Karen Bradley, the Secretary of State for Culture, Media and Sport, says she is “minded to” refer 21st Century Fox’s £18.5bn takeover of Sky plc, the owner of Sky News, to competition watchdogs on grounds of broadcasting standards.
Ms Bradley had previously said she was minded to refer the bid to the Competition and Markets Authority on grounds of media plurality.
Her decision marks a hardening of the Government’s stance on what would be the biggestever takeover in the UK media industry.
Fox, the world’s fourth-largest media company after Comcast, Disney and Time Warner, already owns a 39.1% stake in Sky. It tabled a proposal just before Christmas to buy the remainder of the company for £11.7bn, valuing the whole of Sky at £18.5bn.
Shares of Sky, which are valued at 1075p each under the proposed takeover, fell by 5% when Ms Bradley announced her decision to the Commons. They have since rallied but currently stand at a discount of more than 12% to the offer price – suggesting growing scepticism among a number of investors that the takeover will go ahead.
Fox and Sky now have 10 working days in which to respond to Ms Bradley’s statement. After then, she said, she would seek to come to a final decision as promptly as she could.
The Competition and Markets Authority is likely to take six months in which to decide whether the takeover can go ahead. Ms Bradley, who has frequently stressed that this is a quasi-judicial process, is not obliged to adhere to the CMA’s recommendation.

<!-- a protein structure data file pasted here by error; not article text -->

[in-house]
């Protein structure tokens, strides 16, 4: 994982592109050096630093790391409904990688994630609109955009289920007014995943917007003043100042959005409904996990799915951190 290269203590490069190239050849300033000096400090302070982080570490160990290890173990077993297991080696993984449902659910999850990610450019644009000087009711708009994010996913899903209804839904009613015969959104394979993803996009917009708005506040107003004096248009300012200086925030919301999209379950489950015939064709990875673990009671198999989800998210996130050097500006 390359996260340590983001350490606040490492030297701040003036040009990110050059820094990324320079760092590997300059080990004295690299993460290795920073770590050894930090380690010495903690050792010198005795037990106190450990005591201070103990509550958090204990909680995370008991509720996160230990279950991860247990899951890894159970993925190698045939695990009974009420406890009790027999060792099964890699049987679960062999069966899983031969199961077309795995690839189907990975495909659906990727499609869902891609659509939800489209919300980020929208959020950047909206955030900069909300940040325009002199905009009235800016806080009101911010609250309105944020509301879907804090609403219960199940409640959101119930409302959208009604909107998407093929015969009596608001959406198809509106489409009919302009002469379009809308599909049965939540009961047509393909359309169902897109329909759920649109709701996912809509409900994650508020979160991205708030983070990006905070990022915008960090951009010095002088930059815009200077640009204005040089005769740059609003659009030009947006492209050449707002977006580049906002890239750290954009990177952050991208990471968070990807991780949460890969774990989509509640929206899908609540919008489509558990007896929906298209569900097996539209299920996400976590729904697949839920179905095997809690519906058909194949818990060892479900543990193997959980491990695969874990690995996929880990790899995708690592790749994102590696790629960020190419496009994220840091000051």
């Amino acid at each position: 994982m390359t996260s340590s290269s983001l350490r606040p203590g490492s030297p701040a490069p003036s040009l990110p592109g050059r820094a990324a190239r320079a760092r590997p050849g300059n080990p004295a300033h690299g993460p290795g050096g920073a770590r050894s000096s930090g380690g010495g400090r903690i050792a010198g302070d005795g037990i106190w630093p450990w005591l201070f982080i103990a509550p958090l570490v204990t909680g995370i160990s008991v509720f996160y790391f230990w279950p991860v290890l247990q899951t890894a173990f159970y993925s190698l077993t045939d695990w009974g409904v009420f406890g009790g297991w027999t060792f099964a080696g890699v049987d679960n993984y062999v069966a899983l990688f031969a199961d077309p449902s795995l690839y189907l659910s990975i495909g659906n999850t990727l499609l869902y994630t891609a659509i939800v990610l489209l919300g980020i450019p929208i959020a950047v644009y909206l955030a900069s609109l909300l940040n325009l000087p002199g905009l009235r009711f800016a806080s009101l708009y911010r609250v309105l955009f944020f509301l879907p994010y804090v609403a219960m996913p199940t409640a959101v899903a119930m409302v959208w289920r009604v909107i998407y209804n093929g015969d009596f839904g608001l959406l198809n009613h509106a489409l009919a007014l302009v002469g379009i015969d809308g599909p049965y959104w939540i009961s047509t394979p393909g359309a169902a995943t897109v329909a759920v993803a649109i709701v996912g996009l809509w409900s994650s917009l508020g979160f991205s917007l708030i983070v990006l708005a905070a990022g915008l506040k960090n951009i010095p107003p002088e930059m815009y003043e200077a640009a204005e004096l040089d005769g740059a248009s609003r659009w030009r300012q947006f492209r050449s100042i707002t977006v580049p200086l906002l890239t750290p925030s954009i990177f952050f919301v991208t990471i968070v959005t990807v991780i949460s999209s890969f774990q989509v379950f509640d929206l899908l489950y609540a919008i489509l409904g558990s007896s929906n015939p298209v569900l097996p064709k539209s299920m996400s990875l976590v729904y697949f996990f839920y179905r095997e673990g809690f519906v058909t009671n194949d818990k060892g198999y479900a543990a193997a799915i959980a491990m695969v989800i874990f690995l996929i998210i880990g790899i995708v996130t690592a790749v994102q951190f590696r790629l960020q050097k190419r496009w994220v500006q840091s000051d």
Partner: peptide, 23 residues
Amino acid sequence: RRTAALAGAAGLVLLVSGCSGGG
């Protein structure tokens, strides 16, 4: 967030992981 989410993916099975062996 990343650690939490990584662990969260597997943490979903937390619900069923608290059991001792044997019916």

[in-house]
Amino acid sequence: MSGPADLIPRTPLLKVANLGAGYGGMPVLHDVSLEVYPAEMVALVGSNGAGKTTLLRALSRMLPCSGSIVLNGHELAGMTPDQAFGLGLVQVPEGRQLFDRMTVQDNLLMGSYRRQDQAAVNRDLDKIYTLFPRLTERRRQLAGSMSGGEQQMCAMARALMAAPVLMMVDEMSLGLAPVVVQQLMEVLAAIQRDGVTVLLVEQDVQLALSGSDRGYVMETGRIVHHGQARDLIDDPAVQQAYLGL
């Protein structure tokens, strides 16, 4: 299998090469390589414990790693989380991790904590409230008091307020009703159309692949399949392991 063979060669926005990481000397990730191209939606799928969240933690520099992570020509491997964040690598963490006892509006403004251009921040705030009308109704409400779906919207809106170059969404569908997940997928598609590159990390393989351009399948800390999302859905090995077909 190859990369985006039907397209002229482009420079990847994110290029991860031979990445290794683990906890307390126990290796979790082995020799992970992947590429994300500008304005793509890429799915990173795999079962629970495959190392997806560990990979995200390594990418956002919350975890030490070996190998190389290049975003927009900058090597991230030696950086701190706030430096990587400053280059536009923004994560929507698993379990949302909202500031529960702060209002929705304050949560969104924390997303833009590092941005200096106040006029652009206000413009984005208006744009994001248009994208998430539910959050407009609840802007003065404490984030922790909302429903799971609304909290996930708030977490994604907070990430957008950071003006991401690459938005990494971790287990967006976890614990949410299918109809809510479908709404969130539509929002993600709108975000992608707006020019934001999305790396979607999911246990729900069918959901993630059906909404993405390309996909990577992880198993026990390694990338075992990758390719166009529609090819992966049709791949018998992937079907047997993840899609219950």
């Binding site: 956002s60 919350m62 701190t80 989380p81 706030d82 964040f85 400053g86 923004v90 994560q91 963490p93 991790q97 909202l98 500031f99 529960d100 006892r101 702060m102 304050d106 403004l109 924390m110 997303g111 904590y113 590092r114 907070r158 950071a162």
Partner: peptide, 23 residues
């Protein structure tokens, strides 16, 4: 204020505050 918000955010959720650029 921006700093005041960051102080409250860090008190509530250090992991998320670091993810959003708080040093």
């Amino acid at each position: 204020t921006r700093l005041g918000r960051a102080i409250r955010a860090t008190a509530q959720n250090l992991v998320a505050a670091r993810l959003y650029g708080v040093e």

Responding to Ms Bradley’s words, Sky plc said in a statement: “We are disappointed by this further delay and that the Secretary of State is now minded to refer the proposed acquisition to the CMA in relation to broadcasting standards despite Ofcom, as the independent broadcast regulator, maintaining its advice that there are not sufficient concerns to justify such a reference.
“Nevertheless we will continue to engage with the process as the Secretary of State reaches her final decision.”
Video: The Culture Secretary updates MPs on the Sky/Fox deal
In March, Ms Bradley asked Ofcom, the media and telecoms regulator, to investigate, under the 2002 Enterprise Act, whether the takeover was in the public interest on the grounds of media plurality and broadcasting standards.
Ofcom said there was no reason to think the deal was against the public interest on broadcasting standards grounds but indicated it did have concerns on plurality of media ownership.
Fox subsequently came up with remedies that were sufficient for Ofcom to no longer have an issue with the deal on plurality grounds – although Ms Bradley did.
However, following the decision, Ms Bradley was lobbied by a number of opponents of the deal, led by former Labour leader Ed Miliband and former business secretary Sir Vince Cable, to assess new evidence concerning Fox’s US operations. Ms Bradley asked Ofcom to do so.
On Tuesday, Ms Bradley said Ofcom had told her it had “non-fanciful” concerns about referring the deal on broadcasting standards grounds, these were not sufficient to warrant referring the deal to the CMA.
But Ms Bradley said: “The legal threshold for a reference to the CMA is low… the existence of non-fanciful concerns means that, as a matter of law, the threshold for a reference on the broadcasting standards ground is met.”
There was no immediate response from Fox, the international film and television giant behind hit shows such as The Simpsons and Modern Family. It has previously urged Ms Bradley not to delay further the referral to the CMA.
A separate review by the European Commission has already given a green light to the takeover. The deal has also been cleared by all of the other countries – Germany, Austria, Ireland and Italy – in which Sky broadcasts.